No chips, no peas - and the "Sorry" Strawberries!
The "Chef's Special" one day was "Traditional" Fish & Chips, so I decided to try it. The fish, while battered, was in pieces and was not "traditional". Meanhwile, there were no chunky chips and after waiting over 10 minutes, the fish (which had been sitting under its plastic dome all this time) was becoming less and less appetizing, so when the chips arrived, my meal wasn't worth the wait.

Two days later, "Fish & Chips" was the Special again but this time, there were no mushy peas! I gave the plate back to the chef and complained to Murat the Maitre d' who was suitably apologetic. I had Pizza instead and thought that was the end of it.

Three days later, Murat spotted me in the Cafe and it transpired that he had arranged for a plate of "Apology" Strawberries to be sent to our cabin; he was mortified that they clearly hadn't arrived. The following evening, he spoke to us again on the stairs on the way back to our cabin, having been out all day and it was 10 minutes later that the "Sorry" Strawberries finally arrived!

The Cosmopolitan Restaurant (Decks 4/5)
Almost identical to the equivalent restaurants aboard Constellation & Millennium, part of the upper level is now the new Blu Restaurant, while the remainder of the upper level is for "Celebrity Select Dining" ie those not wishing to have either of the two fixed sittings downstairs (see right).
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Blu Restaurant & Menu
Exclusively for "Aqua-class" passengers
"Normandie" statue
in the wrong restaurant!
Cosmopolitan Restaurant
First Night Menu
Our Table

The new Blu Restaurant is exclusively for those travelling in the new "Aqua-class" cabins; here the menu professes to put the accent on the "clean & unfussy". Meanwhile, in the main restaurant stands the statue "Normandie", which once graced the Grand Staircase of the liner SS Normandie of 1935. It's just a shame that she's too tall to go in the more appropriate place on board!

Our stewards were Ricky and his assistant Hakan (who would exclaim "Oh my God!" at everything with a nervous laugh!) and while service itself wasn't an issue, it seemed to me that many of the dishes with which we were now quite familiar since the revised menus were introduced last year, appeared or tasted disappointing when they arrived. One night, I even had "lumpy" mashed potato!

I was tempted to wonder if the apparent lowering of standards in the main restaurant was intentional, so as to make the speciality alternatives more attractive!

Show Picture Full Size The Normandie Restaurant (Deck 3)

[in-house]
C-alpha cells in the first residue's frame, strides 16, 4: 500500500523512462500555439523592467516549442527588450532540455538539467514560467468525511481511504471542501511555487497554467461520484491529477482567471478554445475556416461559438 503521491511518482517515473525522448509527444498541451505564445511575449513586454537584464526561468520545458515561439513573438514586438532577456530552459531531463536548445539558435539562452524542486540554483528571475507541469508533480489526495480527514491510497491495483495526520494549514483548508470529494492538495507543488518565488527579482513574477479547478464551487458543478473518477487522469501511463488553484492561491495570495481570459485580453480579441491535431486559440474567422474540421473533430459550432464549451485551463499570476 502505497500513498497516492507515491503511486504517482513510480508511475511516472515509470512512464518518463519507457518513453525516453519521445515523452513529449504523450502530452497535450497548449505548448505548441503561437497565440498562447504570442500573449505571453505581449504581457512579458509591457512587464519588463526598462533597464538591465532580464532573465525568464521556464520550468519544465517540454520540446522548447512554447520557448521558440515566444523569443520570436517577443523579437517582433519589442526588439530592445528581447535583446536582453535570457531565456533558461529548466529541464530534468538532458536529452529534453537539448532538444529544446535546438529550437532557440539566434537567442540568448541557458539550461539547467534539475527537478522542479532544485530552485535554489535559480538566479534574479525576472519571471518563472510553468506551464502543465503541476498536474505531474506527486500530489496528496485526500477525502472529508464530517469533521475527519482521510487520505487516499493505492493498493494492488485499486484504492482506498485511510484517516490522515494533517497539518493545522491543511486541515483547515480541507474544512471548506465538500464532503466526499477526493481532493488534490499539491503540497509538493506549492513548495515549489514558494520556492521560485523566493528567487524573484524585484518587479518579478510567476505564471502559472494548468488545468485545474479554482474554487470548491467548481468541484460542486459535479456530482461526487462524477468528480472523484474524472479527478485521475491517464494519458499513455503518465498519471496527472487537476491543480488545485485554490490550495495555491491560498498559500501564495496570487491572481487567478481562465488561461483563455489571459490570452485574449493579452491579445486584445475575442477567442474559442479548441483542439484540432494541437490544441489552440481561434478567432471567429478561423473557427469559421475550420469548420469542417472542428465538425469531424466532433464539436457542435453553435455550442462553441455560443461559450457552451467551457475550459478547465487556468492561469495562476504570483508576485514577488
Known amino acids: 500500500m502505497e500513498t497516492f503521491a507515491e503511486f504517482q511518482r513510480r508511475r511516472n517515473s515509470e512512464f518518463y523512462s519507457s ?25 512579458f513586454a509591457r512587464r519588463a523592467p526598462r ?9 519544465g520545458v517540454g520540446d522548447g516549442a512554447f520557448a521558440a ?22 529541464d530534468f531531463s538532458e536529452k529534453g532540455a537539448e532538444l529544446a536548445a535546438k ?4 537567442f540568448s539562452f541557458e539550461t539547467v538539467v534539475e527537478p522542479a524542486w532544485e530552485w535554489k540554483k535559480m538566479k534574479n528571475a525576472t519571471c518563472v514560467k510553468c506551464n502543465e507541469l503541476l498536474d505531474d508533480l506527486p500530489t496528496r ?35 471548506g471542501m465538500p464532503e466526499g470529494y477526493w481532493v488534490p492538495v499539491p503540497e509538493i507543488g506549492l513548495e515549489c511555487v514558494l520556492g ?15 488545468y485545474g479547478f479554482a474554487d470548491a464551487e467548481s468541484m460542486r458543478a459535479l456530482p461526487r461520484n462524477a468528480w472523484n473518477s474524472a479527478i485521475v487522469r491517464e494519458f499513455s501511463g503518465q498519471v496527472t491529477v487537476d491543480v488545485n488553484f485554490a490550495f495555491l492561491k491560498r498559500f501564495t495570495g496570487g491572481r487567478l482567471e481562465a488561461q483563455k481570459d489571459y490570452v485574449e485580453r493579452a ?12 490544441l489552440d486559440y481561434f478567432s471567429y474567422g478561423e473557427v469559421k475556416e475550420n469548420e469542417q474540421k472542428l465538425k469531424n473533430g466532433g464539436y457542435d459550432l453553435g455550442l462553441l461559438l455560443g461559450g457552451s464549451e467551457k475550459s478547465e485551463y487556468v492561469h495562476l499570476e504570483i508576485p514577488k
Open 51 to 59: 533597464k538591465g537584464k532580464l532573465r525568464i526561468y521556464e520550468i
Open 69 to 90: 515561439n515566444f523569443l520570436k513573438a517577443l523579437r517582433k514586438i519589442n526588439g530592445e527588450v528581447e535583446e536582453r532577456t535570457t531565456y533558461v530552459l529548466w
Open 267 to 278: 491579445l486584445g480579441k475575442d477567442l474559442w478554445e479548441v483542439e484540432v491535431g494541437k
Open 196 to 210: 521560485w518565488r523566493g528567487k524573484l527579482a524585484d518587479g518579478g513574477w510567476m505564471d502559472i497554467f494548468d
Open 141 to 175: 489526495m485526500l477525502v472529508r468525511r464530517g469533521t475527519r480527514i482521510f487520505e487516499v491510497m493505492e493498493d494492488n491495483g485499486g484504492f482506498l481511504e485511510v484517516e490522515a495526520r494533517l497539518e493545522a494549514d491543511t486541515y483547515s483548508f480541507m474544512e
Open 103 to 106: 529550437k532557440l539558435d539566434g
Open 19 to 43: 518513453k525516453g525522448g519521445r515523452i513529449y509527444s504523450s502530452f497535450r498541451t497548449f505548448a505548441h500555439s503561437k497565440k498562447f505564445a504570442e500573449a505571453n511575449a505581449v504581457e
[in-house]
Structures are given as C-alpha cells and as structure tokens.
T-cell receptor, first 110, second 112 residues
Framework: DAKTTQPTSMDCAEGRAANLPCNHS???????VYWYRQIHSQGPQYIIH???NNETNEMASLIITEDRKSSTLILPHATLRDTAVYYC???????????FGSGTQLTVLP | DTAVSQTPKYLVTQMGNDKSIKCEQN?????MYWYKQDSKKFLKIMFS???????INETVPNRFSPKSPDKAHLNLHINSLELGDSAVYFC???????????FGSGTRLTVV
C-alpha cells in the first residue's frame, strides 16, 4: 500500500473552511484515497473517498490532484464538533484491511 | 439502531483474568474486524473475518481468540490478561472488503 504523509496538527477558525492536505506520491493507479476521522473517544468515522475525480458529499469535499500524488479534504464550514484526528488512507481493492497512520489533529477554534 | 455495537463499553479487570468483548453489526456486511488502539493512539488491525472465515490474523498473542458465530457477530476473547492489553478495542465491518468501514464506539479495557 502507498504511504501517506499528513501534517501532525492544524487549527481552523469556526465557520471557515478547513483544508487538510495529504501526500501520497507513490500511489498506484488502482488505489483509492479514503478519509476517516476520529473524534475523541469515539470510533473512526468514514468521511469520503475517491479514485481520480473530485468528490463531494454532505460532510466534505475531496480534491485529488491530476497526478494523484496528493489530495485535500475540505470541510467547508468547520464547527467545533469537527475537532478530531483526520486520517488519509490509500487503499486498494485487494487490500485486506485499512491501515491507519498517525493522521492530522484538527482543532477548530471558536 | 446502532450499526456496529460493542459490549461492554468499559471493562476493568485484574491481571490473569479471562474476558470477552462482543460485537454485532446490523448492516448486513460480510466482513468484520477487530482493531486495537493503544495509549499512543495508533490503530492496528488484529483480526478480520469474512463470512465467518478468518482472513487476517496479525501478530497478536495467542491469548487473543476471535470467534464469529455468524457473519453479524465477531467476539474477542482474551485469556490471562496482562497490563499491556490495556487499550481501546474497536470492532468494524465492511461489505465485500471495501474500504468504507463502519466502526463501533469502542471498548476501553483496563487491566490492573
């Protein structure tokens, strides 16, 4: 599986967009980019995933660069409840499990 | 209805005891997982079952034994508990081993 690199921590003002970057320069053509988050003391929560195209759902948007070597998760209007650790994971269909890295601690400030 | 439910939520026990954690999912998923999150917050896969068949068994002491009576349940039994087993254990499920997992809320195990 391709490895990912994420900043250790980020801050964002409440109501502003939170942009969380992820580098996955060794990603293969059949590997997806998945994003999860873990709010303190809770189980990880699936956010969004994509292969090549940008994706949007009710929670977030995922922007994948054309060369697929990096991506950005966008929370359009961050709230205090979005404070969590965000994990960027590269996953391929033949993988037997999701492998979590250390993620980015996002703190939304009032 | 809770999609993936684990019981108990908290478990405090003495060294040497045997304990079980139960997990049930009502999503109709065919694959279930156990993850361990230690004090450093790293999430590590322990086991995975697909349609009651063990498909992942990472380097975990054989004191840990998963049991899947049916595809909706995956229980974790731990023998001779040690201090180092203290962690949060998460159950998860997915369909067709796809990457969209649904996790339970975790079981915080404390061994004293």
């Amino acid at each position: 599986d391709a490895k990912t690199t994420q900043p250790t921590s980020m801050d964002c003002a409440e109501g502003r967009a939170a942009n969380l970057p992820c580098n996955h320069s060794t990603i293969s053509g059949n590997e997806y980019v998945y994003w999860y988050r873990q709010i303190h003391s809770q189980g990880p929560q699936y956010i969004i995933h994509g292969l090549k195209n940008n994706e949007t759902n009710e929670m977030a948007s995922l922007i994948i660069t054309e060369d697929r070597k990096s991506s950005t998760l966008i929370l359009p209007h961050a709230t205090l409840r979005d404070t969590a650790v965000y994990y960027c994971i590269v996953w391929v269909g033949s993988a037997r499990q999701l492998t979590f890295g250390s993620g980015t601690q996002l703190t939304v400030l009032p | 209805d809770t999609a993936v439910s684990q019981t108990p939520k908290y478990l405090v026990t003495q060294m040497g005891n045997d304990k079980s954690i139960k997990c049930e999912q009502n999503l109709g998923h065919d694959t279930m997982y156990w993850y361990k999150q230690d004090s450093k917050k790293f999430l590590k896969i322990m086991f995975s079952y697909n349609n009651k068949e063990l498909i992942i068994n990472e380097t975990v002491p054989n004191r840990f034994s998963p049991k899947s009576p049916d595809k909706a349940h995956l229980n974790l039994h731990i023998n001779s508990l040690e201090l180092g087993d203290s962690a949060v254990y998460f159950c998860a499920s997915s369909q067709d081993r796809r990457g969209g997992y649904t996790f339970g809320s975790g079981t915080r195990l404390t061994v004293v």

The additional cover charge of $40 is now substantial but here you can experience haute cuisine at its best. Normandie Menu >> Dessert Menu >>
Evoking an era of opulence, the decor includes gold laquered Art Deco panels See detailed photo >> once part of the 1st-class Smoking Room of the famous French liner, SS Normandie of 1935. Show Picture Full Size
(Left) The restaurant incorporates gold laquered panels from the liner SS Normandie and (Right) Normandie-inspired Server Plates.

With table-settings also inspired by the liner SS Normandie, the "Lobster a la Normandie" which 3 of us had was heavenly! But if the main menu isn't enough, for $89 there's the gastronomic extravagence of the Five Senses Menu >>. You can even book a private table in the Dine-in Wine Cellar >>.

Ocean Liners Restaurants aboard the Millennium-class ships
Seating just 115 and with their own galley and gastronomic menus originally designed by Michel Roux, these restaurants offered service & cuisine unmatched by any other ships in the same price range, a concept continued in the Solstice-class with "Murano". However, unlike "Murano", on the Millennium-class, each restaurant maintains an "Ocean Liner" theme and has a different decor.

Show Picture Full Size On Constellation, the "Ocean Liners" restaurant (left) features laquered Art Deco panels from the French liner, Île de France of 1927; on Infinity, the "United States" restaurant (right) has a number of etched glass panels from the 1st-class Ballroom of the SS United States of 1952. Show Picture Full Size

Show Picture Full Size On board Millennium, the "Olympic" Restaurant (left) is inspired by that ship's Cafe Parisien and has a section incorporating elaborate panelling from the 1st Class Dining Room aboard the White Star liner RMS Olympic of 1911 (see right) Show Picture Full Size

Show Full Picture The Bistro on 5 (Deck 5)
Ideal for casual dining and for those who can't face the melee in the Cafe or don't want the formality of the restaurant, this is another addition as part of "Solsticizing", installed where the old Platinum Club/Champagne Bar used to be.

Having had a less than exciting experience on Eclipse earlier this year, with luke-warm, pre-prepared crepes, I was keen to try this again and I was pleased that I had no such issues this time. Done correctly, it's well worth the $5 cover charge.

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Another feature of "Solsticizing", this innovative restaurant is now where the "Extreme" Sports Bar was aboard Millennium, Deck-11 midships (see right).

Here the pan-world menu is chosen from an i-Pad, with the help of your "culinary tour guide" (your waiter!). It's funky, fun - and filling!
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Taco "Royale" M's Favourites Sushi Lollipops Lava Crab
My favourite!
Decorate your own

Many dishes are to share and the temptation is to order many choices, so the more people in your group the more fun it is but the inevitable result is leaving 3 hours later, happy but extremely over-fed. It's a fascinating and delicious experience but is it worth the now $40 per person cover charge?